173 – What’s Your Very Next Step?

There is so much information about writing out there…it can be hard to figure out what you should be working on. In this episode I walk you through one way to figure out (and focus on) your very next step.

Leave a comment: https://storyaday.org/episode173

Writing Prompt: Write A Seasonal Story https://storyaday.org/prompt-seasonal-story/

Ready to write today, not “some day”?

SWAGr for July 2020

Welcome to the Serious Writers’ Accountability Group!

Post your goals for this month and let us know how you got on with last month’s goals.

SWAGr logo

Leave a comment below telling us how you got on last month, and what you plan to do next month, then check back in on the first of each month, to see how everyone’s doing.

(It doesn’t have to be fiction. Feel free to use this group to push you in whatever creative direction you need.)

Did you live up to your commitment from last month? Don’t remember what you promised to do? Check out the comments from last month.

And don’t forget to celebrate with/encourage your fellow SWAGr-ers on their progress!

Download your SWAGr Tracking Sheet now, to keep track of your commitments this month


Examples of Goals Set By SWAGr-ers in previous months

  • Finish first draft of story and write 3 articles for my school paper. – Courtney
  • Write on seven days this month – Clare
  • Extend my reading and to read with a ‘writers eye’- Wendy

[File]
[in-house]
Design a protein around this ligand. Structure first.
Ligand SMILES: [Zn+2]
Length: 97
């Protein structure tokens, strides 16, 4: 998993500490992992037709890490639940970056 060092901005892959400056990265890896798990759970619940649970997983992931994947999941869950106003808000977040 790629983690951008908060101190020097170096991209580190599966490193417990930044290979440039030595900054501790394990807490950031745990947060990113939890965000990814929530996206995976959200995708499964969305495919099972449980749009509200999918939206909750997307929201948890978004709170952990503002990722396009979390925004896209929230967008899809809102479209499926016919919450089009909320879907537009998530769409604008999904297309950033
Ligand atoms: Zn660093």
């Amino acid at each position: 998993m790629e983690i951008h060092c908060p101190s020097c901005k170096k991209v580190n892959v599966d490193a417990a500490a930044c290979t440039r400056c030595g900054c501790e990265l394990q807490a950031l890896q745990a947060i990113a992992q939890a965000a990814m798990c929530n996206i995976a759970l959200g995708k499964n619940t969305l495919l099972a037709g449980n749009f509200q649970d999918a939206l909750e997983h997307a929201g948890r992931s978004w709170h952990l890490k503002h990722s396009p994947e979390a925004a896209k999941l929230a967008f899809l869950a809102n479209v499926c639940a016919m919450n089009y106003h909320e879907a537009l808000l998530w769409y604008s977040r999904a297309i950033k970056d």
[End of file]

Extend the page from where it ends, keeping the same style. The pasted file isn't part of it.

• write 10,000 words – Mary Lou

 So, what will you accomplish this month? Leave your comment below (use the drop-down option to subscribe to the comments and receive lovely, encouraging notifications from fellow StADa SWAGr-ers!)

(Next check-in, 1st of the month. Tell your friends!)

Why It’s OK That You Didn’t Submit That Story

This past weekend we celebrated StoryFest, here at StoryaDay.org.

StoryFest is our annual ‘recital’, our celebration of the work we did in May.

Some of our writers shared stories, others liked, commented and posted on social media about them. Others…didn’t.

And that’s OK. Because not everyone was ready.

  • Perhaps you weren’t ready to engage in the community.
  • Perhaps you didn’t feel ready to call yourself a writer.
  • Perhaps you were past the point where you were willing to post a story for free, because editors are clamoring to pay you.

(and yes, we have people in each of those stages here in the StoryADay community)

Do You Know What Stage You’re In on Your Writing Journey?

Continue reading “Why It’s OK That You Didn’t Submit That Story”

What Does A Vampire Eat During A Plague by Jerry Harwood

Read The Story Here

About the Story

Johan, a traveling salesman, returns to his medieval village during the black plague outbreak. As he enters, he meets a stark, hungry man on the village’s outskirts. The storyline follows the verses of “Ring Around O’Roses.”

About the Author

Jerry Harwood was born in Ooltewah, TN. His mother was an elementary school teacher and he spent his afternoons reading books in her classroom or the nearby library. He currently is a writer, which makes sense based on the fact you are reading this here. He has experimented with other occupations: camp director, program director at a counseling center, college professor and middle school teacher. Jerry has backpacked Europe, taught in a Ukrainian University, worked in Rwanda after the genocide, is a first responder, sort-of remodeled a VW Thing, and has a love for Cherry Coke Zero that is only surpassed by his love for his wife, six children, and grandson.